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- Author: motostorybr
- Posted: July 26, 2017
- Category: People, Videos
- Tags: Carlãozinho Coachman, Chakê Ganatchian, Fernando Henrique Cardoso, Kasuo Nozawa, Masuo Murakami, Motostory - The Motorcycle History in Brazil, Ricardo Kasumi, Roberto Agresti, Romeu Tuma, Soichiro Honda, Virginia Ganatchian
Arigatoo gozaimasu Murakami San!
I have repeated in some meetings that Time is often Motostory’s greatest enemy. He passes relentlessly and takes with him precious people. Each time one of us pass away, there is always that feeling that we could have done more. He passes by and leaves us with the feeling of being late, debtors.
I received the news of the death of Masuo Murakami through a post of friend and journalist Roberto Agresti. It was not exactly a surprise to me that he passed away, since his health had demanded special care for a long time, but it was certainly a huge loss for all of us. Of those who carry with them an important piece of our history.
For the overwhelming majority of Brazilian motorcyclists, Mr. Murakami, or Mura, affectionately called by friends and colleagues, is a complete stranger. But if today Brazil has a rolling stock with more than 25 million motorcycles, the vast majority (22 million) of the Honda brand, so this vast majority of motorcyclists owe much to this man.
For years, since I started to actively participate in the motorcycle market, I always wondered: Why is Honda in Brazil so superior to Yamaha? What would have happened to make such a difference, if the two arrived in Brazil at about the same time? Yamaha installed its subsidiary in São Paulo in 1970, the same city chosen by Honda to be installed in 1972. The first would build its factory in Guarulhos, SP, to begin production of the RD 50 in 1974, while the other, which had already acquired Also a land in Sumaré, SP for the construction of its plant in Brazil, decides to change the plans, to delay the beginning of the construction of the factory and to leave for Manaus. Manaus Did it seem crazy at that moment a change like this, or would it be “the cat’s leap”? Why? (Note: Honda started production of its CG 125 only in 1976, two years after Yamaha.)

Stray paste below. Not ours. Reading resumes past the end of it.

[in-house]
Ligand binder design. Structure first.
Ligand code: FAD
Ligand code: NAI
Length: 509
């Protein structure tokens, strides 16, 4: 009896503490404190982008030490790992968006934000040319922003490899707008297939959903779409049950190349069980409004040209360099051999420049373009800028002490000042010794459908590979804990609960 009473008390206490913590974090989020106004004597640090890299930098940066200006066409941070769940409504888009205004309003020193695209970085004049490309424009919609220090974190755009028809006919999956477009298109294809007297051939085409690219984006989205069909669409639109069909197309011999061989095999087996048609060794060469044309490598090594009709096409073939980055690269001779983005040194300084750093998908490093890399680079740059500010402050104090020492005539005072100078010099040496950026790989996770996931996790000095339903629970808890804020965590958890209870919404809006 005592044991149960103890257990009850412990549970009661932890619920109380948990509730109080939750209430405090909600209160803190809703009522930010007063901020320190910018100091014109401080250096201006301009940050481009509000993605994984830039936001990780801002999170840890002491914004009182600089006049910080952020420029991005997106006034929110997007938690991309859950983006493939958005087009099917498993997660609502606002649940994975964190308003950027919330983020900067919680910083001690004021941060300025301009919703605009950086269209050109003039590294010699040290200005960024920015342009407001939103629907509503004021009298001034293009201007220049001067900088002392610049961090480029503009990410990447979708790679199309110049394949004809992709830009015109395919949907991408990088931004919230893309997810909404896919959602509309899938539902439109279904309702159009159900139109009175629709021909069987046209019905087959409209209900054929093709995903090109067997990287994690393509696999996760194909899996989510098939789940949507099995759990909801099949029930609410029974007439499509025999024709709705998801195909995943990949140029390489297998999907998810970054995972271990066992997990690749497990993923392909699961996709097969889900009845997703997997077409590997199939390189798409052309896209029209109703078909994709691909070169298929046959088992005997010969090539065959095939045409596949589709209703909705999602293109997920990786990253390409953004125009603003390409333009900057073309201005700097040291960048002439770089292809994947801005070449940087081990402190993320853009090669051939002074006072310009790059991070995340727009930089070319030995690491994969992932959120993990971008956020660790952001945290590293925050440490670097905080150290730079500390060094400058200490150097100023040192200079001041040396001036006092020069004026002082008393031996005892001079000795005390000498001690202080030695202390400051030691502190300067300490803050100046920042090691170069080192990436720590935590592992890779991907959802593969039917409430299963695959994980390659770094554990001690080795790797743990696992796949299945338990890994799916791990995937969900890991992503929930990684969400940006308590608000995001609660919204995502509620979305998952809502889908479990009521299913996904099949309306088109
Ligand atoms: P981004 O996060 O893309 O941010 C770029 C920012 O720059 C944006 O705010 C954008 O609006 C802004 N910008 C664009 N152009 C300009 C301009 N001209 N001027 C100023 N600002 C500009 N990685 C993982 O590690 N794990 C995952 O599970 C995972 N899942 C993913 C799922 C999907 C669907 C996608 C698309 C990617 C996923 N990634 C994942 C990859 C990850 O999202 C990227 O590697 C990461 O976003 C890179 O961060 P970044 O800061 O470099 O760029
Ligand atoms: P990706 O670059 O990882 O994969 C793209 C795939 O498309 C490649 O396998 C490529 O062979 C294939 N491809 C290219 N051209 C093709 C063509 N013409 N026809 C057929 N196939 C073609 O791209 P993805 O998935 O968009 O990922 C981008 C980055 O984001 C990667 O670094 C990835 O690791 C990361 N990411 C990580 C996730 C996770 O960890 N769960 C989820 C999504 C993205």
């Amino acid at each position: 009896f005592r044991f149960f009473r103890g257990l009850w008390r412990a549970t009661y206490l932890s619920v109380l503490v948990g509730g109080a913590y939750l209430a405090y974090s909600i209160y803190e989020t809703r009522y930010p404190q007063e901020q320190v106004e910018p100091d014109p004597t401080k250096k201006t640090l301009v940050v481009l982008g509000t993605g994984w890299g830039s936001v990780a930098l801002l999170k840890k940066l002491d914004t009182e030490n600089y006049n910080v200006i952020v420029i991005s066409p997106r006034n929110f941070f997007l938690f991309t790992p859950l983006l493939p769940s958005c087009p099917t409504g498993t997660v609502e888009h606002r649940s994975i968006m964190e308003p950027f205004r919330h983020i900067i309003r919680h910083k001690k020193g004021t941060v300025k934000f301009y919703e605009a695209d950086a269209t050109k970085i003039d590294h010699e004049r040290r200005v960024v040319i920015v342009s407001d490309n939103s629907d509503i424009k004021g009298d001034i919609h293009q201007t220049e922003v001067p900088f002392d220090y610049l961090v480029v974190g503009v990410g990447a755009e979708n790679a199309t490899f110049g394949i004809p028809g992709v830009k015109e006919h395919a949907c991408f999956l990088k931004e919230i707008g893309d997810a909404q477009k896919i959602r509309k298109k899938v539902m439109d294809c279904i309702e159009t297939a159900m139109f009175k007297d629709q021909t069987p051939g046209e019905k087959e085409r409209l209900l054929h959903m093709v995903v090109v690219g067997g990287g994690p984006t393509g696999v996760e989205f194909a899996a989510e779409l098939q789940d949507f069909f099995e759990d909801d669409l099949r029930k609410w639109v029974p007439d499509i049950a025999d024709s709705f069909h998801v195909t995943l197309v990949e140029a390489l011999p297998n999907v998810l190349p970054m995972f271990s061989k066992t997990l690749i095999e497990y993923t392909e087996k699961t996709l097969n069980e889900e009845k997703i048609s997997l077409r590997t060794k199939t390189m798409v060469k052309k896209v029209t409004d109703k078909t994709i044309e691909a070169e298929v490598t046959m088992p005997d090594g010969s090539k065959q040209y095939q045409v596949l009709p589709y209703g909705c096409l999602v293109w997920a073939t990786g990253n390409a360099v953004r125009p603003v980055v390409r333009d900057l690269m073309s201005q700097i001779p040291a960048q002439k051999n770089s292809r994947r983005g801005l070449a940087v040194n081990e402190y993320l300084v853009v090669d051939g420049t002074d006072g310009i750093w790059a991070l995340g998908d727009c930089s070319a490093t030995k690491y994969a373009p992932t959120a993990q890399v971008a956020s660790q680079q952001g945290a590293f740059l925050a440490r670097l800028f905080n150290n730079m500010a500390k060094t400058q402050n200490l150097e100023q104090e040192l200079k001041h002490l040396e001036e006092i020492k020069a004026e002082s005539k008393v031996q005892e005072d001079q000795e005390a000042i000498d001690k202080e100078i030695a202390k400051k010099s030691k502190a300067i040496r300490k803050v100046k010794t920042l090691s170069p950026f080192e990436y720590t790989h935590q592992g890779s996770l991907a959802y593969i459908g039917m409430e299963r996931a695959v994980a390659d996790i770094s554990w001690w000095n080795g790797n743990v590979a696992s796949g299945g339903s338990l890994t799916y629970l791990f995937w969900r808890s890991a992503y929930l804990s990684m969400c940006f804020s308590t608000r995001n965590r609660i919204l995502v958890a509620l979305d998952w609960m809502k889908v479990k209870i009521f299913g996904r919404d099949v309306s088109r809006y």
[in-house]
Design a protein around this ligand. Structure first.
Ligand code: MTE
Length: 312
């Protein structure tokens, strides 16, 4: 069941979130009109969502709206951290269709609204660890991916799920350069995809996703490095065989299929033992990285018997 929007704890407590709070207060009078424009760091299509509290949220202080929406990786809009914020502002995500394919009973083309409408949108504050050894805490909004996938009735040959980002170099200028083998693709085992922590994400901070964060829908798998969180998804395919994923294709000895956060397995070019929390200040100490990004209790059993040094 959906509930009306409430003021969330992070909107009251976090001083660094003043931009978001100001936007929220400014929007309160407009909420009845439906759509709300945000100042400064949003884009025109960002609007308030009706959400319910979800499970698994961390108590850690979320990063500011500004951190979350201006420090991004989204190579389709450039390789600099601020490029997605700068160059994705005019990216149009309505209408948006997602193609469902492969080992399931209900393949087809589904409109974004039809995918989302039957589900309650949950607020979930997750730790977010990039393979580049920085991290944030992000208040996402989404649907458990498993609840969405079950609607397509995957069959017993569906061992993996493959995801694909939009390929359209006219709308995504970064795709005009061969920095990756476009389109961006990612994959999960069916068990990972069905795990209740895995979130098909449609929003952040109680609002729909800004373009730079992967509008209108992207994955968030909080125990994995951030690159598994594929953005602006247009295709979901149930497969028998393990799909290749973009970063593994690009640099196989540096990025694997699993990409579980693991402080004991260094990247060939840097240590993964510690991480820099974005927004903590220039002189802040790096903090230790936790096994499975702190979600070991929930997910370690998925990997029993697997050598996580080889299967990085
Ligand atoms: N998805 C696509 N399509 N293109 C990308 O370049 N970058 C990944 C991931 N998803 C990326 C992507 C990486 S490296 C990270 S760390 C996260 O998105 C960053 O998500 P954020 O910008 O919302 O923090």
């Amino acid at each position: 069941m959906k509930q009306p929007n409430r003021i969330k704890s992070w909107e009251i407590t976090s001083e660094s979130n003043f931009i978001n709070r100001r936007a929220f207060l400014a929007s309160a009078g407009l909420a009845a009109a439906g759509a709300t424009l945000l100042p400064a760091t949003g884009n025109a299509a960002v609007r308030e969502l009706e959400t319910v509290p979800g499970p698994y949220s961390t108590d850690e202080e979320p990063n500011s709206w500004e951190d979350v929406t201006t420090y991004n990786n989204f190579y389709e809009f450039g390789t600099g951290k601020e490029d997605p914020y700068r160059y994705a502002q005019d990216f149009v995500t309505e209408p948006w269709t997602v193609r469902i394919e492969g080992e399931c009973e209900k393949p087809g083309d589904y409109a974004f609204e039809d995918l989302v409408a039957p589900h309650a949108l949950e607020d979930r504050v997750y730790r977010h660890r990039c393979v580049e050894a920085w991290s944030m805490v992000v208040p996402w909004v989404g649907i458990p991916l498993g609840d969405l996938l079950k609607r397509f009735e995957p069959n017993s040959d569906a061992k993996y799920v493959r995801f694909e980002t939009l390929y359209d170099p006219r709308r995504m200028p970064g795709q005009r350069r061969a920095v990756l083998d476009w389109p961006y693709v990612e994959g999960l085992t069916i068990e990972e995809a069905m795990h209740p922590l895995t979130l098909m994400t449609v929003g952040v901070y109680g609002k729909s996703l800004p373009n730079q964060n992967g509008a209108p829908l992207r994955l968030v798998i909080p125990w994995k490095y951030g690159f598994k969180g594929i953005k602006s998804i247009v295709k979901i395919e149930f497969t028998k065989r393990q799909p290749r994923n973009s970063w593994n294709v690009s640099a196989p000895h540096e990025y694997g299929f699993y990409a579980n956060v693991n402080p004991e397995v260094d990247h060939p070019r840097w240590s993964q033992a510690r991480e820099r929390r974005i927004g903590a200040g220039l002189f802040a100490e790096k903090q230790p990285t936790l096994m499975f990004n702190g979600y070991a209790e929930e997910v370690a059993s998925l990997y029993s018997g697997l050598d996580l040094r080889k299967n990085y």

When the Motostory project started to be a daily job for me, still in 2012, this was one of the questions that needed to be answered. Why did Honda decide to go to Manaus in the 70’s? If it was the right decision for the installation of the national motorcycle factories, what time did it show that it was, whyYamaha was not too? Someone in the company knew something.
My life in motorcycling practically was born along with the history of these two companies in Brazil, still in the 70s. From very early on, especially when I started to write the various magazines I went through, I always heard of “Tio Mura”. One day I got to know him personally, it was in 1986. He was then the president of ABRACICLO, entity that he commanded for 12 years. (To learn more about Abraciclo, go to https://motostory.com.br/pt/abraciclo-40-anos-uma-historia-de-superacao-parte-1/
Trying to understand the factors that caused such a polarity in favor of Honda, I met with friends Virginia and Chakê Ganatchian, both former executives of the company. They took me to Kasuo Nozawa and then to the apartment of the Mitica and Masuo Murakami couple. It was then that some answers began to appear.
Watch the video with the unpublished and informal chat between the couple Murakami and Carlãozinho Coachman in 2013, in their apartment in São Paulo. Also present with us were Ricardo Kazumi, MI, their nephew, motorcyclist, coach and great friend, and the sisters Virginia and Chakê Ganatchian, whom I will always be grateful for the privilege of that afternoon. To my friend Flavio Grana, once again thank you for the images.
Obs.1: The edition of this video, approximately 10 minutes, was made at the request of Abraciclo in 2016, when celebrating the 40 years of the entity. An even smaller part was shown at the event that honored Murakami for his 12 years at the helm. The integral of the interview and much more material we will post gradually to tell the story of this true agent transforming the Brazilian motorcycle market.
Obs.2: During the meeting, many speeches by Masuo Murakami and his wife Mitika Kato Murakami drew attention. Mitika talking about the friendship of her father Yasutomo Kato with Soichiro Honda, since his youth in Hamamatsu, and the relationship they have maintained throughout life. In another point, Murakami said “to have given a lot of luck in the life”, to next to say that it was the first one of the class of the cavalry of the army, and that this led him to become friend of João Batista de Oliveira Figueiredo, then Colonel and later General and President of the Republic of Brasil. In another still, for having attended the college of economics at USP (University of São Paulo) when Delfim Neto and Fernando Henrique Cardoso were assistants. Lucky guy this Murakami San.
Arigatoo gozaimasu Murakami San!